If both are printed on the same side, it’s usually separated by an imprinted line or scoring.

    Sometimes, the only difference between similar pills is the imprint. For example, if you look at a lexapro pill identifier, you’ll see that they are all small, white, round pills.

    However, the 5mg pill has a 5 imprinted on it, while the 10mg has an imprint of a 10 and the 20mg has 20 imprinted on it. This is why looking at the entire imprint is vital.


    Many pills and capsules also come in different shapes and sizes. Typically, this is something that varies between manufacturers.

    For example, if you look at a methadone pill identifier, you’ll notice that the medication comes in several different shapes including round, rectangle, and four-sided. The difference being who makes the drug.


    Along with the imprint and shape of a pill, color is one of the more important identifying factors. This can also vary between manufacturers, so it’s possible that medications you pick up from the pharmacy each month might come in several different colors.

    Some of the more common pill colors include white, blue, orange, yellow, green, and pink.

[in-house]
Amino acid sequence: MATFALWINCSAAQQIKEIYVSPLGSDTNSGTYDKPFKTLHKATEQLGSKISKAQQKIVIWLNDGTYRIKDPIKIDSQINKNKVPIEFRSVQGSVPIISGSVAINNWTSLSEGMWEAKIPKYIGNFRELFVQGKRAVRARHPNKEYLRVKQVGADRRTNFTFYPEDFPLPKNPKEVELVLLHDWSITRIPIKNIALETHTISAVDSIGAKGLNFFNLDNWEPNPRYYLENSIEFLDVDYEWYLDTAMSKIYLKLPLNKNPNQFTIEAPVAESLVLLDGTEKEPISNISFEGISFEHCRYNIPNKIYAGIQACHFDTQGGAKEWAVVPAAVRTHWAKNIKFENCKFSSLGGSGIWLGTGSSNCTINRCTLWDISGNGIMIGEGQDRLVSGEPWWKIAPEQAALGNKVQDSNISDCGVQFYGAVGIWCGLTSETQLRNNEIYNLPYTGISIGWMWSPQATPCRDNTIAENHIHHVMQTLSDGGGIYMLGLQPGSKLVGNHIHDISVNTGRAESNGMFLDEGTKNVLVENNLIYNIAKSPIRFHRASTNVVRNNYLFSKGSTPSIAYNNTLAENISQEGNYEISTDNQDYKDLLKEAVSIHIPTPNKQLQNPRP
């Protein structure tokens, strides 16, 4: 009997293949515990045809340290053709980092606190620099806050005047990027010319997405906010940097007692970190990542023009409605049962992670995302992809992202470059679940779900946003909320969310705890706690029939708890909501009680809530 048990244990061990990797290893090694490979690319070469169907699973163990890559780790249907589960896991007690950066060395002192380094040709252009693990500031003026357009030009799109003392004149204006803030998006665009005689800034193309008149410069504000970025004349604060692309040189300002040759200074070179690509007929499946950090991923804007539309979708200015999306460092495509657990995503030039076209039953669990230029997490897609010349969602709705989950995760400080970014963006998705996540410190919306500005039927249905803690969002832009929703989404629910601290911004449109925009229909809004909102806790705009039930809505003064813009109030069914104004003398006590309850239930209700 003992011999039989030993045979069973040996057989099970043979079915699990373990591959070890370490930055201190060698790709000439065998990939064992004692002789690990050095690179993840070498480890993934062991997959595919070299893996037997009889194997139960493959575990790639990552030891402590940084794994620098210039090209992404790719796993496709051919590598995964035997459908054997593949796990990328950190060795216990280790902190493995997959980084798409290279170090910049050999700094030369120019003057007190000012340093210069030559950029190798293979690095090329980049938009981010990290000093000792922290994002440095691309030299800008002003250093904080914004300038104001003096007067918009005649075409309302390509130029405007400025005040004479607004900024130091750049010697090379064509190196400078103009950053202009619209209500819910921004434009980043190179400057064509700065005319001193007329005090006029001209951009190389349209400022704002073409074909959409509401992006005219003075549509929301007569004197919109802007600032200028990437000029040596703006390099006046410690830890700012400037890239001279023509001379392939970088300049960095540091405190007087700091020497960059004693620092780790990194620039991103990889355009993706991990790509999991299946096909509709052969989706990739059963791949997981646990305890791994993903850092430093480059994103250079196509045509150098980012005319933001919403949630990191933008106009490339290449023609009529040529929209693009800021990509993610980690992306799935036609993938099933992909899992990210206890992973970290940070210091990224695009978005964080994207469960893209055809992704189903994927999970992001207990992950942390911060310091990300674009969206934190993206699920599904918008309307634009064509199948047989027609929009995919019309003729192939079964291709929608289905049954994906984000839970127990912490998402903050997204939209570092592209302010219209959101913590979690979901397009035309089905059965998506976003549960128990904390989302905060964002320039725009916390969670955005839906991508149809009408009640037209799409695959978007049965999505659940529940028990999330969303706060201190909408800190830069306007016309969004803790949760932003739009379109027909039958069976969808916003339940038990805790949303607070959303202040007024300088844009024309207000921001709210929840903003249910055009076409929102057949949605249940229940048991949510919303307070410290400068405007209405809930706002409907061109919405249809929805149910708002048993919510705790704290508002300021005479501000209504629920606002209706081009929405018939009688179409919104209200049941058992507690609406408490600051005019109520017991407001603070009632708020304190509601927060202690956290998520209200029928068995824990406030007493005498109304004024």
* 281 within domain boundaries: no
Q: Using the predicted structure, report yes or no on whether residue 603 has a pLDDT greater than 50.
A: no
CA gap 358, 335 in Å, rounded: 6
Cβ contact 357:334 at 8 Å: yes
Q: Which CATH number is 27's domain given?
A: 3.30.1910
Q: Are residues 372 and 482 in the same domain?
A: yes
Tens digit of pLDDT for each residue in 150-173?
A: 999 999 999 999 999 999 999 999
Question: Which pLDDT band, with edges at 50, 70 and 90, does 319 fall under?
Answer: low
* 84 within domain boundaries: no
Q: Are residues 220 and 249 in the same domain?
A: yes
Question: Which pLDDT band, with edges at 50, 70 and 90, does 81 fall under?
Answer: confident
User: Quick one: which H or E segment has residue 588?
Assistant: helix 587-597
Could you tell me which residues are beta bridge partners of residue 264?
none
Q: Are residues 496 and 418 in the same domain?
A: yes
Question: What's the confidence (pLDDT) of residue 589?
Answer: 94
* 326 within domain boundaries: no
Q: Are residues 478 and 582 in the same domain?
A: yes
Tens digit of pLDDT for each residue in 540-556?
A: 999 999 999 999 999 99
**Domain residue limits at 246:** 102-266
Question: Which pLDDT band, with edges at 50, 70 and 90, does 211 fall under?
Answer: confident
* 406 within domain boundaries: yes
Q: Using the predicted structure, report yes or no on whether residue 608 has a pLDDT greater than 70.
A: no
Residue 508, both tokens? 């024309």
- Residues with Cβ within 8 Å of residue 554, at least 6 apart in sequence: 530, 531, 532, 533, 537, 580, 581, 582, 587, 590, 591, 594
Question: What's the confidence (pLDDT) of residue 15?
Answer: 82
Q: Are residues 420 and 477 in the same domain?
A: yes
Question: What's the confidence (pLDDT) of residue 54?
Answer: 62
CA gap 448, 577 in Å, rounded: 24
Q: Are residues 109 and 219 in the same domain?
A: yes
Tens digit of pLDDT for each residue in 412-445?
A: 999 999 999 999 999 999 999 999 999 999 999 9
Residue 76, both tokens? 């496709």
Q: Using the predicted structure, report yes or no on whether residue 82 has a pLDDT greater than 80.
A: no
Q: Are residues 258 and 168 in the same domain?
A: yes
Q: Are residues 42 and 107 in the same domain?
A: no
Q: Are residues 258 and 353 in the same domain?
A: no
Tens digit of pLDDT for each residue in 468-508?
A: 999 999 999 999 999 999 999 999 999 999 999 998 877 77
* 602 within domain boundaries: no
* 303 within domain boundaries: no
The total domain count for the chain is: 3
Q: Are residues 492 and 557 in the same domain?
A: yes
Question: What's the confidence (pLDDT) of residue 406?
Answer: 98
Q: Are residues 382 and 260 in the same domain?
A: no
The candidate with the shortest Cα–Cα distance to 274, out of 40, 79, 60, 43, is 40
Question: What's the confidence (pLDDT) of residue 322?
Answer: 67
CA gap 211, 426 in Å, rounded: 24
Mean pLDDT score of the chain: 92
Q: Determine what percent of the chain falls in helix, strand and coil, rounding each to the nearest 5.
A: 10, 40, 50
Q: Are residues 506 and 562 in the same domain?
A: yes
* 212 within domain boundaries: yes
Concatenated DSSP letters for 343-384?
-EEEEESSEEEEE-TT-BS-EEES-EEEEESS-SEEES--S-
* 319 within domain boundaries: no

Before taking any medication, it’s important to consider its form. Medicines come in tablet and capsule form most commonly, and it may or may not be extended-release.

    You can also fine medications in liquid, gel capsule, sublingual film, transdermal patches, and other forms.

    This distinction is important because you shouldn’t take only a portion of an extended-release medication. These are typically coated and not scored to discourage people from breaking or crushing them.


    Some pills are scored to make splitting them easier. However, it’s important to remember if you’re only taking a portion of the pill, you aren’t getting a full dose.

    The FDA only allows manufacturers to score their pills in a way that allows the person taking the pill to get the minimum recommended dosage.

    For example, if you look at a G3722 pill identifier, you’ll notice that the pill’s scoring allows it to be split into four equal sections. That’s because this specific pill is a 2mg of alprazolam and the minimum recommended dosage of the medication is 0.5mg.